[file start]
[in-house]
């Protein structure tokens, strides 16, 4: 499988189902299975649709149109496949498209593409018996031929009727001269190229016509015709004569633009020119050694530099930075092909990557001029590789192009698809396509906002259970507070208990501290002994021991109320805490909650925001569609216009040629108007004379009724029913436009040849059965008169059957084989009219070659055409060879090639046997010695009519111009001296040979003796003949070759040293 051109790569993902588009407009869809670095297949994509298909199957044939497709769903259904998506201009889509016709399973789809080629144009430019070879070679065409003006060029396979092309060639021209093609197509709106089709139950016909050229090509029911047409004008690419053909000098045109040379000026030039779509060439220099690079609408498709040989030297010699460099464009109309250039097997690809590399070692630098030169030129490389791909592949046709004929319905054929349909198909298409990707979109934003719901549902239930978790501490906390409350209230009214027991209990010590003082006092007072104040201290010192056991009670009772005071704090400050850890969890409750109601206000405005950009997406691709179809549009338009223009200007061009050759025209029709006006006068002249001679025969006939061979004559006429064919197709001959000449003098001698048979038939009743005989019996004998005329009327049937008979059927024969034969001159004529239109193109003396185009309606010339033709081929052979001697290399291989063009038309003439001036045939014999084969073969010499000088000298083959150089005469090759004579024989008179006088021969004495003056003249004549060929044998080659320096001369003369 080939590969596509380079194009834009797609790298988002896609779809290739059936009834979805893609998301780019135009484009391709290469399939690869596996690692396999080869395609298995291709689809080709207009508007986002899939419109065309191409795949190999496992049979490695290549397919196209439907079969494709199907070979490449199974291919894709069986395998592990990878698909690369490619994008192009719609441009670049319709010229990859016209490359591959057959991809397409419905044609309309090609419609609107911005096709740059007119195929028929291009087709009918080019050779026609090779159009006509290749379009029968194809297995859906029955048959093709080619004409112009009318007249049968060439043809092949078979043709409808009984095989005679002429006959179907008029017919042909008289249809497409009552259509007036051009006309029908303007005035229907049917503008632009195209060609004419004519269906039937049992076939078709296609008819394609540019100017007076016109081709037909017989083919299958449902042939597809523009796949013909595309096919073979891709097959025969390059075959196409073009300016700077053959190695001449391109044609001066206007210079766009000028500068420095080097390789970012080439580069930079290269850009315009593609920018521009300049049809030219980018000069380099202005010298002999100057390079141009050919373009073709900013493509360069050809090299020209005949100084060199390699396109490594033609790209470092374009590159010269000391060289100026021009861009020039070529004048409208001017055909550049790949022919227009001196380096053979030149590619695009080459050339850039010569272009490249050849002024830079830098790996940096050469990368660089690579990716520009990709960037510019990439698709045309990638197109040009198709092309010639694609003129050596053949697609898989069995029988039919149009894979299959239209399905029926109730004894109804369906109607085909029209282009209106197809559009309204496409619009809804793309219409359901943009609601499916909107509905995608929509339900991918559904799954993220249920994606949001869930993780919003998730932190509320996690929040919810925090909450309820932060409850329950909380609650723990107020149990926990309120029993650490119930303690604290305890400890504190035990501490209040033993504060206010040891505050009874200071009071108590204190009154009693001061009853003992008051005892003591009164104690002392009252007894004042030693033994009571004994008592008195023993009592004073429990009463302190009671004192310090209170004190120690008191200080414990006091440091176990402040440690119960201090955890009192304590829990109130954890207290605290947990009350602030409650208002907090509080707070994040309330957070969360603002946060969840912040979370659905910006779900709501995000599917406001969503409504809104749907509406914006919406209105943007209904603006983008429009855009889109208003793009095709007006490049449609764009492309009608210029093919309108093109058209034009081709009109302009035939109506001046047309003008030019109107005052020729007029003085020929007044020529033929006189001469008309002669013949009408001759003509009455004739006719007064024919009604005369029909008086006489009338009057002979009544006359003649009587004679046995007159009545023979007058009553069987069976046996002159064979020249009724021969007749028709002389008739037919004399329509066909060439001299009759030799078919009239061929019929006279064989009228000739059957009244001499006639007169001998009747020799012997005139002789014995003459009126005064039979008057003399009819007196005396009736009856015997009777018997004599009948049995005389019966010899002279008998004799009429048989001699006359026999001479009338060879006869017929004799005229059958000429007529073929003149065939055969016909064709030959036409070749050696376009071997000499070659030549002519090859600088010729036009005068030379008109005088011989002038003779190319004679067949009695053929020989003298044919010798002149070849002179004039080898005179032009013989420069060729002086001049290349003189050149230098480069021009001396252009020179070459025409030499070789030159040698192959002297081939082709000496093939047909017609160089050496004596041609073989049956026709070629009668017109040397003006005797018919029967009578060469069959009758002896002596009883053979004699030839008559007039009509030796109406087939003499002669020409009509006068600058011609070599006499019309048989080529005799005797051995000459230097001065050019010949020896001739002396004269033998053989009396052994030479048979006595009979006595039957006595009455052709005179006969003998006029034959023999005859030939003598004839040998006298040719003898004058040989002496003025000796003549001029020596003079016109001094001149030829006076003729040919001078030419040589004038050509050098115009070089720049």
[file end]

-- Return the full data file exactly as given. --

[in-house]
């Protein structure tokens, strides 16, 4: 499988189902299975649709149109496949498209593409018996031929009727001269190229016509015709004569633009020119050694530099930075092909990557001029590789192009698809396509906002259970507070208990501290002994021991109320805490909650925001569609216009040629108007004379009724029913436009040849059965008169059957084989009219070659055409060879090639046997010695009519111009001296040979003796003949070759040293 051109790569993902588009407009869809670095297949994509298909199957044939497709769903259904998506201009889509016709399973789809080629144009430019070879070679065409003006060029396979092309060639021209093609197509709106089709139950016909050229090509029911047409004008690419053909000098045109040379000026030039779509060439220099690079609408498709040989030297010699460099464009109309250039097997690809590399070692630098030169030129490389791909592949046709004929319905054929349909198909298409990707979109934003719901549902239930978790501490906390409350209230009214027991209990010590003082006092007072104040201290010192056991009670009772005071704090400050850890969890409750109601206000405005950009997406691709179809549009338009223009200007061009050759025209029709006006006068002249001679025969006939061979004559006429064919197709001959000449003098001698048979038939009743005989019996004998005329009327049937008979059927024969034969001159004529239109193109003396185009309606010339033709081929052979001697290399291989063009038309003439001036045939014999084969073969010499000088000298083959150089005469090759004579024989008179006088021969004495003056003249004549060929044998080659320096001369003369 080939590969596509380079194009834009797609790298988002896609779809290739059936009834979805893609998301780019135009484009391709290469399939690869596996690692396999080869395609298995291709689809080709207009508007986002899939419109065309191409795949190999496992049979490695290549397919196209439907079969494709199907070979490449199974291919894709069986395998592990990878698909690369490619994008192009719609441009670049319709010229990859016209490359591959057959991809397409419905044609309309090609419609609107911005096709740059007119195929028929291009087709009918080019050779026609090779159009006509290749379009029968194809297995859906029955048959093709080619004409112009009318007249049968060439043809092949078979043709409808009984095989005679002429006959179907008029017919042909008289249809497409009552259509007036051009006309029908303007005035229907049917503008632009195209060609004419004519269906039937049992076939078709296609008819394609540019100017007076016109081709037909017989083919299958449902042939597809523009796949013909595309096919073979891709097959025969390059075959196409073009300016700077053959190695001449391109044609001066206007210079766009000028500068420095080097390789970012080439580069930079290269850009315009593609920018521009300049049809030219980018000069380099202005010298002999100057390079141009050919373009073709900013493509360069050809090299020209005949100084060199390699396109490594033609790209470092374009590159010269000391060289100026021009861009020039070529004048409208001017055909550049790949022919227009001196380096053979030149590619695009080459050339850039010569272009490249050849002024830079830098790996940096050469990368660089690579990716520009990709960037510019990439698709045309990638197109040009198709092309010639694609003129050596053949697609898989069995029988039919149009894979299959239209399905029926109730004894109804369906109607085909029209282009209106197809559009309204496409619009809804793309219409359901943009609601499916909107509905995608929509339900991918559904799954993220249920994606949001869930993780919003998730932190509320996690929040919810925090909450309820932060409850329950909380609650723990107020149990926990309120029993650490119930303690604290305890400890504190035990501490209040033993504060206010040891505050009874200071009071108590204190009154009693001061009853003992008051005892003591009164104690002392009252007894004042030693033994009571004994008592008195023993009592004073429990009463302190009671004192310090209170004190120690008191200080414990006091440091176990402040440690119960201090955890009192304590829990109130954890207290605290947990009350602030409650208002907090509080707070994040309330957070969360603002946060969840912040979370659905910006779900709501995000599917406001969503409504809104749907509406914006919406209105943007209904603006983008429009855009889109208003793009095709007006490049449609764009492309009608210029093919309108093109058209034009081709009109302009035939109506001046047309003008030019109107005052020729007029003085020929007044020529033929006189001469008309002669013949009408001759003509009455004739006719007064024919009604005369029909008086006489009338009057002979009544006359003649009587004679046995007159009545023979007058009553069987069976046996002159064979020249009724021969007749028709002389008739037919004399329509066909060439001299009759030799078919009239061929019929006279064989009228000739059957009244001499006639007169001998009747020799012997005139002789014995003459009126005064039979008057003399009819007196005396009736009856015997009777018997004599009948049995005389019966010899002279008998004799009429048989001699006359026999001479009338060879006869017929004799005229059958000429007529073929003149065939055969016909064709030959036409070749050696376009071997000499070659030549002519090859600088010729036009005068030379008109005088011989002038003779190319004679067949009695053929020989003298044919010798002149070849002179004039080898005179032009013989420069060729002086001049290349003189050149230098480069021009001396252009020179070459025409030499070789030159040698192959002297081939082709000496093939047909017609160089050496004596041609073989049956026709070629009668017109040397003006005797018919029967009578060469069959009758002896002596009883053979004699030839008559007039009509030796109406087939003499002669020409009509006068600058011609070599006499019309048989080529005799005797051995000459230097001065050019010949020896001739002396004269033998053989009396052994030479048979006595009979006595039957006595009455052709005179006969003998006029034959023999005859030939003598004839040998006298040719003898004058040989002496003025000796003549001029020596003079016109001094001149030829006076003729040919001078030419040589004038050509050098115009070089720049």